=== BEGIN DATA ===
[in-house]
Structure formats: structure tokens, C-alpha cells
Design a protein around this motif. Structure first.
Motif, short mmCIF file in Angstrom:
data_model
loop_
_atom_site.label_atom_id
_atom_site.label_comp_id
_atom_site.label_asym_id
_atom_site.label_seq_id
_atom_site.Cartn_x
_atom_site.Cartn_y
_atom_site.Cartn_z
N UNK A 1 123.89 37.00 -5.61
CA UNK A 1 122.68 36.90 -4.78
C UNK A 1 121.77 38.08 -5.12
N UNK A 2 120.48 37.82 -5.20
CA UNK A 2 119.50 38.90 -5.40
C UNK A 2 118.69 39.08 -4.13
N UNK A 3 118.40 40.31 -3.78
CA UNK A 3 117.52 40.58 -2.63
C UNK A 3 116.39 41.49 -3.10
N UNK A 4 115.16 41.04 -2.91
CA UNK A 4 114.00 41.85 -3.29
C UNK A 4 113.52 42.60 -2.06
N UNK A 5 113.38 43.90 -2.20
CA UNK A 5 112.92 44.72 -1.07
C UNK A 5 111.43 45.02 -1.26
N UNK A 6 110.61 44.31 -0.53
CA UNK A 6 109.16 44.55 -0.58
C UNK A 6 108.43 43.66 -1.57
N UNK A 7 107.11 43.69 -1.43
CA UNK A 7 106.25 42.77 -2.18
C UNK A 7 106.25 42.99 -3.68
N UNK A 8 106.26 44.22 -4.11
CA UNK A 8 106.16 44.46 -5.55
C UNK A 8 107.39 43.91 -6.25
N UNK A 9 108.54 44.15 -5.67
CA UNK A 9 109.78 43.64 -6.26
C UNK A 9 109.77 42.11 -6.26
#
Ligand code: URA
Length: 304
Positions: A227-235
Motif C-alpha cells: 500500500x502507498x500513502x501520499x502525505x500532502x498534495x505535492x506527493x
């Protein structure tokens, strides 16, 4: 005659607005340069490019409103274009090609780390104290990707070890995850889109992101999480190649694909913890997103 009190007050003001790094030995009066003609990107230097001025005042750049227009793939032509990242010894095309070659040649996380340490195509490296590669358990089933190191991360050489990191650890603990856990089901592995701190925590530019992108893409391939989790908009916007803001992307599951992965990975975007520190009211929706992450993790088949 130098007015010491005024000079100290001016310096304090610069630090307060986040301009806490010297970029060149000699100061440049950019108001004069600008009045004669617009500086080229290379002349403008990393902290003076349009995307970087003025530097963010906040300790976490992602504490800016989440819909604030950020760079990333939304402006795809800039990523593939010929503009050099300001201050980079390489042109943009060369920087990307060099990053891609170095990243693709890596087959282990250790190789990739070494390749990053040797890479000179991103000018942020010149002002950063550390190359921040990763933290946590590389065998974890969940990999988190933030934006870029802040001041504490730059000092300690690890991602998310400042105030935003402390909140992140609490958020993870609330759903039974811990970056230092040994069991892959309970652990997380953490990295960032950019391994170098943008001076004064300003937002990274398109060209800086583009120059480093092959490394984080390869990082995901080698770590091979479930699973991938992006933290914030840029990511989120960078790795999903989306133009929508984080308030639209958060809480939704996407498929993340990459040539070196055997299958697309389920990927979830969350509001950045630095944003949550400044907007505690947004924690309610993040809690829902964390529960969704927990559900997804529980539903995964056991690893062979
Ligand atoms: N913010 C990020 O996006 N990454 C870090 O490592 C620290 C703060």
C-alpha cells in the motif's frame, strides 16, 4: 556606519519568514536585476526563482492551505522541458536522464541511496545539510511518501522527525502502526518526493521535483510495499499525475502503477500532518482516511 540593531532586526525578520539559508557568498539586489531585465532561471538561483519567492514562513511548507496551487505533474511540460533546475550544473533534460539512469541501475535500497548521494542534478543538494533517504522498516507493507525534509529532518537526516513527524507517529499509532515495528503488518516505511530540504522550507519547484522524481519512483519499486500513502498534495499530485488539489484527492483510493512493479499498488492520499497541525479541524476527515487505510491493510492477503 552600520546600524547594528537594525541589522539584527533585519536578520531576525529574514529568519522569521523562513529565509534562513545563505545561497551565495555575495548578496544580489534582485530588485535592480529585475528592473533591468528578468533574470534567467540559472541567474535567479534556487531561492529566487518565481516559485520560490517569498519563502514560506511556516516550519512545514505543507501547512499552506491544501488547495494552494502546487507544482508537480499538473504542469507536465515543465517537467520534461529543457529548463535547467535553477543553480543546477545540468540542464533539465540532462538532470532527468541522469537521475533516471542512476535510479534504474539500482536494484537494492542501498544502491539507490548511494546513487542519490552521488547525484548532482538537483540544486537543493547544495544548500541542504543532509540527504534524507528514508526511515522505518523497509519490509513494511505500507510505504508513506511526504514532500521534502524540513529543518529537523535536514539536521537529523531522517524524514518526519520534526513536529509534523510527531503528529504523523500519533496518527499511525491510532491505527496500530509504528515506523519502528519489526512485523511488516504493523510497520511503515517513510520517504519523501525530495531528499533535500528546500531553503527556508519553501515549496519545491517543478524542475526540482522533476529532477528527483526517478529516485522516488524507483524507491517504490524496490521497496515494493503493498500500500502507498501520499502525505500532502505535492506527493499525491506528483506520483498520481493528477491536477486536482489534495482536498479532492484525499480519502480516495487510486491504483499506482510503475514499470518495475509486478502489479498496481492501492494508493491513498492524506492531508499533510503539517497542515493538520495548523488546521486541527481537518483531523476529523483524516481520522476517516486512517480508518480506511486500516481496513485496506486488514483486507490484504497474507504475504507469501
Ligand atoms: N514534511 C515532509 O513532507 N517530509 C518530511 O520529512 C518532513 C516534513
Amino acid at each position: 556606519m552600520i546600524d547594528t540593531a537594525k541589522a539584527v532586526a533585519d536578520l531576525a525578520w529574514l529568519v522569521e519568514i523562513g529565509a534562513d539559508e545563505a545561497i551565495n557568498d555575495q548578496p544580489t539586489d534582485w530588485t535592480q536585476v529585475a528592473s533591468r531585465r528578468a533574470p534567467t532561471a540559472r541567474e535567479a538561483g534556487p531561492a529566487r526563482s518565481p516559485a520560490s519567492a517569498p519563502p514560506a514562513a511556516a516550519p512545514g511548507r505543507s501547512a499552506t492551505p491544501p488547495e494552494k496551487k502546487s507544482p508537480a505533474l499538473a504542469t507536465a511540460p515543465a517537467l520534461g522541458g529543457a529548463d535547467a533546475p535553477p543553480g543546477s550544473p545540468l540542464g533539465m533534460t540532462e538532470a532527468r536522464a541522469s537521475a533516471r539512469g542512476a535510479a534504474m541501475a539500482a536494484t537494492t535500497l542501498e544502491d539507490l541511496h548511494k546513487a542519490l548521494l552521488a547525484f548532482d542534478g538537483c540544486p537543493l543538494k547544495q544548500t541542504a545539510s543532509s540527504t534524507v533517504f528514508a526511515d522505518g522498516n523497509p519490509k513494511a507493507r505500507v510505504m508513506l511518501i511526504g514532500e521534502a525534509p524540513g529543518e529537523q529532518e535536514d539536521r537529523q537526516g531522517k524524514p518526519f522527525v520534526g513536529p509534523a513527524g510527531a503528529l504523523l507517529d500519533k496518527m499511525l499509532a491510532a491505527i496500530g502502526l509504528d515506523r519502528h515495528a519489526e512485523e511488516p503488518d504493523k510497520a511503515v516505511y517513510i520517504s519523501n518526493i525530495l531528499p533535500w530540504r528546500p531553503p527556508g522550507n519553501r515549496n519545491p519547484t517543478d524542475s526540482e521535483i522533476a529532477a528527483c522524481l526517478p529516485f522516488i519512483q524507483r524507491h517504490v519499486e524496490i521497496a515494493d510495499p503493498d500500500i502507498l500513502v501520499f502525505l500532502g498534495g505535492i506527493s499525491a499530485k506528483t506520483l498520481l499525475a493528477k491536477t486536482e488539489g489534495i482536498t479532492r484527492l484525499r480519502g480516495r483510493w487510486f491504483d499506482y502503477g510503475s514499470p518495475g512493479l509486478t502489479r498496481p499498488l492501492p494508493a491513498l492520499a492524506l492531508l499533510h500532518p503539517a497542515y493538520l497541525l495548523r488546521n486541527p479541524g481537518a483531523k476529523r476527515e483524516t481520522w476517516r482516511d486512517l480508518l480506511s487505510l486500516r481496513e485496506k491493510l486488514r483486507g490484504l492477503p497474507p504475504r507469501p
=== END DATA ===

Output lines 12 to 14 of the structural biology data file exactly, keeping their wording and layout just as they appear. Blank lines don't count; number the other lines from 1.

_atom_site.Cartn_y
_atom_site.Cartn_z
N UNK A 1 123.89 37.00 -5.61